To coincide with television and radio broadcasts of a concert of the songs of Leonard Cohen performed by the RTÉ Concert Orchestra alongside a host of guest artists, writers also contribute to the celebration.
Here, from a series of short articles especially written for RTÉ Arts and Culture is writer Cathy Sweeney.
The song Alexandra Leaving by Leonard Cohen, from the album Ten New Songs released in 2001, was inspired by the poem The God Abandons Antony written in 1911 by the poet Constantine P. Cavafy.
A civil servant by day, Cavafy spent his life in the modern Egyptian city of Alexandria, conjuring in words the more ancient city, buried in the dust under his feet, which had been founded in 331 BC by Alexander the Great.
The first time you hear this song should be when you are young. On a warm summer's afternoon, in a garden. You have spent the morning in bed with a lover and then got up, showered, put on something loose and made of cotton, and now you are standing under a larch tree, dappled in sunlight, smoking a cigarette before you walk barefoot into the cool tiles of the kitchen to drink some wine and eat some bread and cheese.
From somewhere in the background you hear Alexandra Leaving, and you close your eyes and listen, knowing that soon you must say goodbye to the lover still sleeping in your bed. Through the music you taste the dark lemons of this, the saltiness, the pain. But you must do it with courage and with grace, as the song commands:
As someone long prepared for this to happen
Go firmly to the window. Drink it in
The next time you hear the song should be when you are in the prime of life. Perhaps you have married or embarked on a career or are raising a family. It is an autumn afternoon in the city. You are walking along a busy street, passing traffic and glass and the smell of bitumen from roadworks, in a hurry to be somewhere else. Your breath is coffee, your skin has dust on it and inside your leather shoes your feet are heavy. You pass a basement café and there it is again, that song by Leonard Cohen. Pausing for a moment, you suddenly understand that youth is leaving and that you must say goodbye to it with courage and with grace.
Goodbye to running into the blue of the sky, to thoughtless excess of alcohol and sex, to pleasing reflections in the mirror. In your stomach the hard-to-digest meat of this, the vinegar, the loss. But you must say goodbye with courage and with grace You must do it as the poem commands, written by a man who spent his life in the ashes of the past, delving illicit kisses from the mouths of young men:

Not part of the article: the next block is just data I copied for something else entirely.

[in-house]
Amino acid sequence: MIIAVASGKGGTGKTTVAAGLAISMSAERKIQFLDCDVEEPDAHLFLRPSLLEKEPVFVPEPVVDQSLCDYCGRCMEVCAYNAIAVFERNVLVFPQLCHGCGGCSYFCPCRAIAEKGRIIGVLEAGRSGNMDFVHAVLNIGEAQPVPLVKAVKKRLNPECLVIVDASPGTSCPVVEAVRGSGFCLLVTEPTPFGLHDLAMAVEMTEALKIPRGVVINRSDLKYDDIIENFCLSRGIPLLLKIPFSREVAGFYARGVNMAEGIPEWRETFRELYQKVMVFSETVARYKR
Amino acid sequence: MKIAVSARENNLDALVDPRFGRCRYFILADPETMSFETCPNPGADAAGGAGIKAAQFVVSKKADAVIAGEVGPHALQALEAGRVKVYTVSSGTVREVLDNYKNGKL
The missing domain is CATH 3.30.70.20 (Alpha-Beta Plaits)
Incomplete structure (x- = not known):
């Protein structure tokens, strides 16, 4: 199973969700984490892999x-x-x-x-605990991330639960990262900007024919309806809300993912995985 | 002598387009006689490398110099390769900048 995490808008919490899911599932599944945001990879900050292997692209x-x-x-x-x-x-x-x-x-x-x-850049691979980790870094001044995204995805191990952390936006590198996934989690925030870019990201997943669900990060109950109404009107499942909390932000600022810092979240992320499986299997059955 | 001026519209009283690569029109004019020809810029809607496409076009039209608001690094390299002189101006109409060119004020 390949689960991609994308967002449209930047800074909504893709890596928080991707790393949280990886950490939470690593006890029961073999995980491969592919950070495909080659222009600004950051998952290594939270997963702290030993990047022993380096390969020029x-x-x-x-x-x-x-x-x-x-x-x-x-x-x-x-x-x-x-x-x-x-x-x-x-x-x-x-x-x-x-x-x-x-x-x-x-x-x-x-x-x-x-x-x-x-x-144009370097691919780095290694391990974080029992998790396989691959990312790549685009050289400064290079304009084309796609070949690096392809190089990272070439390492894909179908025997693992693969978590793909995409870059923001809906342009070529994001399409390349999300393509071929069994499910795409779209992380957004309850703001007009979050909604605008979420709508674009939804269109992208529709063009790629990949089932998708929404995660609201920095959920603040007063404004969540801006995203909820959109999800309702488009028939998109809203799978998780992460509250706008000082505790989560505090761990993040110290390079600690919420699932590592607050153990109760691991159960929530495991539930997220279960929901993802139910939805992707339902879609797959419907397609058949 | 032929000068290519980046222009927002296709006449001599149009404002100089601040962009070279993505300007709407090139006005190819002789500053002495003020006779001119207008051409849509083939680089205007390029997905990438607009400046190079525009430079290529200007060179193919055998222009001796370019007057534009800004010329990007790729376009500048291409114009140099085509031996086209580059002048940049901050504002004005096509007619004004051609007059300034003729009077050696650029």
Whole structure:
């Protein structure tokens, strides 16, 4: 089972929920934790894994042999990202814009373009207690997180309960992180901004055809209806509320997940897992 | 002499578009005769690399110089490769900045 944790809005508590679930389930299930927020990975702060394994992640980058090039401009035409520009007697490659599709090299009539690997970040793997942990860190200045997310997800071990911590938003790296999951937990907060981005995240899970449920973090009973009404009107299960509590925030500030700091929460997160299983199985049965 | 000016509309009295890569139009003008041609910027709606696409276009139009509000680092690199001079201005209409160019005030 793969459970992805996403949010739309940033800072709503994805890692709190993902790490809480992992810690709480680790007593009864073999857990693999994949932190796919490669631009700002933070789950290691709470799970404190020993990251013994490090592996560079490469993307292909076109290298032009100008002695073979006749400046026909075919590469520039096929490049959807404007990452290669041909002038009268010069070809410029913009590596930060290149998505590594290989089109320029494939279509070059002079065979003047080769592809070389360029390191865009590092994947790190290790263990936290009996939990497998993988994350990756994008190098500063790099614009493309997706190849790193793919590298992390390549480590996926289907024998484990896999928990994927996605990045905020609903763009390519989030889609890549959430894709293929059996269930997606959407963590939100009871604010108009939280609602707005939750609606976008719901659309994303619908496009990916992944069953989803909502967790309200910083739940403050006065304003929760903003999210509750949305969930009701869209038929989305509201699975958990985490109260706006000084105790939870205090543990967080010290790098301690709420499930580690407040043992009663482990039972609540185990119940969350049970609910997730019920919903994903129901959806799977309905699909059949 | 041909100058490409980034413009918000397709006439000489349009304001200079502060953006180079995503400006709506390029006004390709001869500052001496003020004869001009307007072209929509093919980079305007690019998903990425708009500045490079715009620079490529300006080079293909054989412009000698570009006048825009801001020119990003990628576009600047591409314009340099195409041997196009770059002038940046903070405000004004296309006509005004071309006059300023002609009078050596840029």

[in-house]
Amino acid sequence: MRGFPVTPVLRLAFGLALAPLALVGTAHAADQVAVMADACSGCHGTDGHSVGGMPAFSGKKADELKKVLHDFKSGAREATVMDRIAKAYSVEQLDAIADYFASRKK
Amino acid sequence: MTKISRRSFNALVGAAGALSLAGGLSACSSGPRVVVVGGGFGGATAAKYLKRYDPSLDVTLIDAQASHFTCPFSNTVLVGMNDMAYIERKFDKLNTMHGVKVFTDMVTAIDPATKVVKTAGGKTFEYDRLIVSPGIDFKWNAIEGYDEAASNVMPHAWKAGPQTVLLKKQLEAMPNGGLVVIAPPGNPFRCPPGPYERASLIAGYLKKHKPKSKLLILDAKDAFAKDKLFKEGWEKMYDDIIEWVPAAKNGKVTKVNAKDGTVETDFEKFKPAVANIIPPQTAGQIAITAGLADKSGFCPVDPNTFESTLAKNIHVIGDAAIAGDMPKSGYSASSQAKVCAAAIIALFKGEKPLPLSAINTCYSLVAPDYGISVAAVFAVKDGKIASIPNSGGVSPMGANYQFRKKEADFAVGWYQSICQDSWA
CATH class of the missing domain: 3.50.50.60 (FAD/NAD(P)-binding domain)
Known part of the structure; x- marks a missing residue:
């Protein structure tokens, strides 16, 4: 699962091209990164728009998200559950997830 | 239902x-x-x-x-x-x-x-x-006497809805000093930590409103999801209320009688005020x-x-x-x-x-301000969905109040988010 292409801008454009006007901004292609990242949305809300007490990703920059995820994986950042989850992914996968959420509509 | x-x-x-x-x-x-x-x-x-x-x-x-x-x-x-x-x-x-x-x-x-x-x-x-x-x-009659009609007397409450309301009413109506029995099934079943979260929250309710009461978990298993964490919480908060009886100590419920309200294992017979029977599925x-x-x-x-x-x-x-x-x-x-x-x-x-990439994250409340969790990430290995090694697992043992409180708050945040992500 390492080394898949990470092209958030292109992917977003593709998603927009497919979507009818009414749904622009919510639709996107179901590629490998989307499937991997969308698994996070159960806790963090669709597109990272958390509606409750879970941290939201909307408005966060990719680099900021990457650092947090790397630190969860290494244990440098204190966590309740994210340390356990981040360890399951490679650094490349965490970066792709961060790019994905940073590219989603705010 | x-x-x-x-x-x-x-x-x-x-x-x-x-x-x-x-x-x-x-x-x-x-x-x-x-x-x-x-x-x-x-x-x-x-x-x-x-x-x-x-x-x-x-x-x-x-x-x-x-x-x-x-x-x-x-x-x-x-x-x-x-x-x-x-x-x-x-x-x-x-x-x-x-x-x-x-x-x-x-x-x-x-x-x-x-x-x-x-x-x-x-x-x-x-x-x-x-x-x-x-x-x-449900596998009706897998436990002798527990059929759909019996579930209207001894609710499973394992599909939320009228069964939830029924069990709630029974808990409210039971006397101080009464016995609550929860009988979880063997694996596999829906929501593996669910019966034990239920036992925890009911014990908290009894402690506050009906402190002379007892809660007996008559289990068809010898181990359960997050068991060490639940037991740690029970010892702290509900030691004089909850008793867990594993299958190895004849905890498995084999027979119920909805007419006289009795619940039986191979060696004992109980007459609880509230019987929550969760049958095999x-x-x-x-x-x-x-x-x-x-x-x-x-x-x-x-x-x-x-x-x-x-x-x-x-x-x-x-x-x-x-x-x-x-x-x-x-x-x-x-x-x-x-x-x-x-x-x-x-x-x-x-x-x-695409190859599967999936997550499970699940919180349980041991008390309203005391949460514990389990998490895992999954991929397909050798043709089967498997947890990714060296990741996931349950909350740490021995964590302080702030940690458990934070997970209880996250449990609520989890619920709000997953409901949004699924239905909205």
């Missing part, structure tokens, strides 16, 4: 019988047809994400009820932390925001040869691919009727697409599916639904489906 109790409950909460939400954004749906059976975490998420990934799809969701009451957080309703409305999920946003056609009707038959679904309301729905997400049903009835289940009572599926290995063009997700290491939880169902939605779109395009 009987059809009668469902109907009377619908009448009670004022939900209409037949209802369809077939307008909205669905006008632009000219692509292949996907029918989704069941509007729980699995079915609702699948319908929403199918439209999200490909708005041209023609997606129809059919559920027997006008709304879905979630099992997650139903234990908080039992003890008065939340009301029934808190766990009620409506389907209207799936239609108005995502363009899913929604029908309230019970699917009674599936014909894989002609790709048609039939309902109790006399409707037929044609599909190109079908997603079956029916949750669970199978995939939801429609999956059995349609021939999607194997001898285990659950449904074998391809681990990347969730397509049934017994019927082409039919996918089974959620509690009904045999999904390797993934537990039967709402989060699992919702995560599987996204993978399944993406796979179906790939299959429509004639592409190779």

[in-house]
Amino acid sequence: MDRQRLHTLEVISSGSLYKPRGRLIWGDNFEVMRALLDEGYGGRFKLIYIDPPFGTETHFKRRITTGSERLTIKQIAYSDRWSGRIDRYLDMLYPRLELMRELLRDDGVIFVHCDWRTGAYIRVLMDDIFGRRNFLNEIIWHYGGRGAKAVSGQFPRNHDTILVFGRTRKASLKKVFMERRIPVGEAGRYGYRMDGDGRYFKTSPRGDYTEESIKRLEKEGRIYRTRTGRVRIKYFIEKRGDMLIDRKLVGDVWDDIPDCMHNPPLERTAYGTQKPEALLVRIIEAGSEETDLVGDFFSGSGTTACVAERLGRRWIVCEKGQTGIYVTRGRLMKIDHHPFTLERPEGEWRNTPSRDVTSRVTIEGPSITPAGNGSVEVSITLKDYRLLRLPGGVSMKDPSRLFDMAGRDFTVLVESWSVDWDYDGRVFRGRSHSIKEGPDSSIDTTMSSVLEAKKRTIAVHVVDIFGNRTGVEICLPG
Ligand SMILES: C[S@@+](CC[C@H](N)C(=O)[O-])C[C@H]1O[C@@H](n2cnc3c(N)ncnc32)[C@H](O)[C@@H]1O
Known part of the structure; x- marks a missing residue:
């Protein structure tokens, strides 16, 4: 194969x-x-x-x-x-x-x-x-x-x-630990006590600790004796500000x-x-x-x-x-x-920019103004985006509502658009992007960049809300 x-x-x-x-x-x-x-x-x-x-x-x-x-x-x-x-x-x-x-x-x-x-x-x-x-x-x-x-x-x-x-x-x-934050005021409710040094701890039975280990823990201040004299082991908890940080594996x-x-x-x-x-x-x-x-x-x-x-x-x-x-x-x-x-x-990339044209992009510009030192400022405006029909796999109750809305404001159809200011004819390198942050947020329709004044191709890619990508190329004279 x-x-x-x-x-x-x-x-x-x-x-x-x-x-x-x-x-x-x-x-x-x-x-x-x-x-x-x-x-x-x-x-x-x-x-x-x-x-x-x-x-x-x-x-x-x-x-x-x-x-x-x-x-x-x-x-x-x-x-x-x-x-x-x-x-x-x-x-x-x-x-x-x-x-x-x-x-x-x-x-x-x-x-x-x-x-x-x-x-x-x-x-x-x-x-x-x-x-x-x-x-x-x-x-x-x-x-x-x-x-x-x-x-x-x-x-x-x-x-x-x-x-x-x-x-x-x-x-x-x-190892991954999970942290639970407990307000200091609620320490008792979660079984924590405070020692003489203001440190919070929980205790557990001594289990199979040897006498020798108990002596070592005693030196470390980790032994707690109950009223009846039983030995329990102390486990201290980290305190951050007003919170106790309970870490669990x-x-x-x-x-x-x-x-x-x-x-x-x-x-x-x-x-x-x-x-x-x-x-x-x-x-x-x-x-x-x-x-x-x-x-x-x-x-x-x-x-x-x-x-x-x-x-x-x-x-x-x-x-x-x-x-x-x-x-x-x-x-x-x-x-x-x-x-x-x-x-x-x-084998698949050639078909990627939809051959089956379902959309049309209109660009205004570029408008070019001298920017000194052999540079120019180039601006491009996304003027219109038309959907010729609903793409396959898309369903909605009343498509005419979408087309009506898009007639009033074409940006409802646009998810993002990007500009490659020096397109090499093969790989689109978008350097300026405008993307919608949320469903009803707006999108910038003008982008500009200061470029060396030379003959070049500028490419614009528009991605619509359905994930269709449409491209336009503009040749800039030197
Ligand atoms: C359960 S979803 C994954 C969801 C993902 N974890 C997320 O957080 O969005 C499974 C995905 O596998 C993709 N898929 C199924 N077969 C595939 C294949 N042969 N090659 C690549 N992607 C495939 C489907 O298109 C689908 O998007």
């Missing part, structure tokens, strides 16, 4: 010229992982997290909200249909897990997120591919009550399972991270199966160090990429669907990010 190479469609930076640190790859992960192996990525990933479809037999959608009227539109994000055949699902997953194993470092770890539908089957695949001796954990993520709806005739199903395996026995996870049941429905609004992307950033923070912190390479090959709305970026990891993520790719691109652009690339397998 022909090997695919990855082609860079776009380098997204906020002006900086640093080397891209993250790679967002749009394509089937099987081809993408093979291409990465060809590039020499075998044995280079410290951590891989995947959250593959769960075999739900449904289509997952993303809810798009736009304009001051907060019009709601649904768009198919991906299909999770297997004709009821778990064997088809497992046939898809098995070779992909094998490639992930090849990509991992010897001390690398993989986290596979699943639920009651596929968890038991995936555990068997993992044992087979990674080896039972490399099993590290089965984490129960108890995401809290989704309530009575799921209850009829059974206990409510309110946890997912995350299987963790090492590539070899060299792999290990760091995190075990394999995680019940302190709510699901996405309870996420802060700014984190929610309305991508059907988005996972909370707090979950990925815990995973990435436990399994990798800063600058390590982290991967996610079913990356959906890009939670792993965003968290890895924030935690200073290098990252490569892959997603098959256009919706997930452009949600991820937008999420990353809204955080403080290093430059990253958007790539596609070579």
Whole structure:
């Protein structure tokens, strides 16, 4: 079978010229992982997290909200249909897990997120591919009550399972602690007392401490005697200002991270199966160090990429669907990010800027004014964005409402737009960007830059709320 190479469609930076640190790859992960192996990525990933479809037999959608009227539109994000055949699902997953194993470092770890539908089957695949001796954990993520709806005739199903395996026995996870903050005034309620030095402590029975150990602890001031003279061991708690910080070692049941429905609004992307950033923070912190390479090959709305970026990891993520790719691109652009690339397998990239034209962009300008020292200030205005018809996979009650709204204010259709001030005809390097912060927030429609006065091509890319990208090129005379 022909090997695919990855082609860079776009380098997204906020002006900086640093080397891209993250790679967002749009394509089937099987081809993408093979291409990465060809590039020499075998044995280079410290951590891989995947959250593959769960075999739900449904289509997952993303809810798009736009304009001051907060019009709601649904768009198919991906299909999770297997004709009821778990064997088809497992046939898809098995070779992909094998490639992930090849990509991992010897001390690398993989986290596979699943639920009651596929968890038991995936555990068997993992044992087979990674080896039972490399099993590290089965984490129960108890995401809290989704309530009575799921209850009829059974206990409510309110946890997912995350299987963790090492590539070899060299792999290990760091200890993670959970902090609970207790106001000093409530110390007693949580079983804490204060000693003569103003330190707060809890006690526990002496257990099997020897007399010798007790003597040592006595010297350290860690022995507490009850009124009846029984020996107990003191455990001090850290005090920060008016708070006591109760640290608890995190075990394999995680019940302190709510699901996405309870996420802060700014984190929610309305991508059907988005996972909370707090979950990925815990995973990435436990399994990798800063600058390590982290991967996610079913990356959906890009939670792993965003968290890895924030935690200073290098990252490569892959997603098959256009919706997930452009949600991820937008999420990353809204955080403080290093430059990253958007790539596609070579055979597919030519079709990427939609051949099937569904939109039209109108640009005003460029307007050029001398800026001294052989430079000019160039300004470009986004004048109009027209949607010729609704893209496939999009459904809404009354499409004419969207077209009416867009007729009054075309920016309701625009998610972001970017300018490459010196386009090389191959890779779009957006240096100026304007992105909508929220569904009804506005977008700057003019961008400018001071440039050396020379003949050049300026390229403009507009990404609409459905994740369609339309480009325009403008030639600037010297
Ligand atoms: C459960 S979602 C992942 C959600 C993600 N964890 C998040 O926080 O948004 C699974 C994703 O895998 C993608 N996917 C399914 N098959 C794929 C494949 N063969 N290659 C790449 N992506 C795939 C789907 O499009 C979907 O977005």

Above all, don't fool yourself, don’t say
it was a dream, your ears deceived you:
don’t degrade yourself with empty hopes like these.
The last time you hear the song is when you are old. It is winter now and the nights have grown longer. At dawn you sit at the edge of your bed staring at the blank square of the window, watching the birds in the garden. They delight you with their comings and goings, especially the sweet-voiced blackbirds and the pigeons with their ridiculous waddle. In the afternoons, when the mood is on you, you pour a small whiskey and think back to a garden where you stood many years before under a larch tree, smoking a cigarette.
And there is that song, playing in your memory, reminding you that soon you must say goodbye to all this, with grace and with courage, like a king who fell asleep one night and dreamed a city, marked it out in chalk, working all day under a hot sun, and when the chalk ran out, marked it out in flour instead. Five quarters, each named after a letter from the Greek alphabet. A lighthouse made of marble with colossal statues around its base. A library of half a million books.
Two columns as elegant as needles. Palaces, temples, marketplaces, dwellings. And then the king left to fight another war, only returning to the city to be buried in a tomb.
Somewhere in the darkness time folds in on itself like a used napkin. Space expands and all your old ghosts...
… radiant beyond your widest measure
They fall among the voices and the wine.
Cathy Sweeney is the author of Modern Times, published by The Stinging Fly Press
The Songs of Leonard Cohen with the RTÉ Concert Orchestra, RTÉ One, April 25th at 10.30 pm
Compiled by Clíodhna Ní Anluain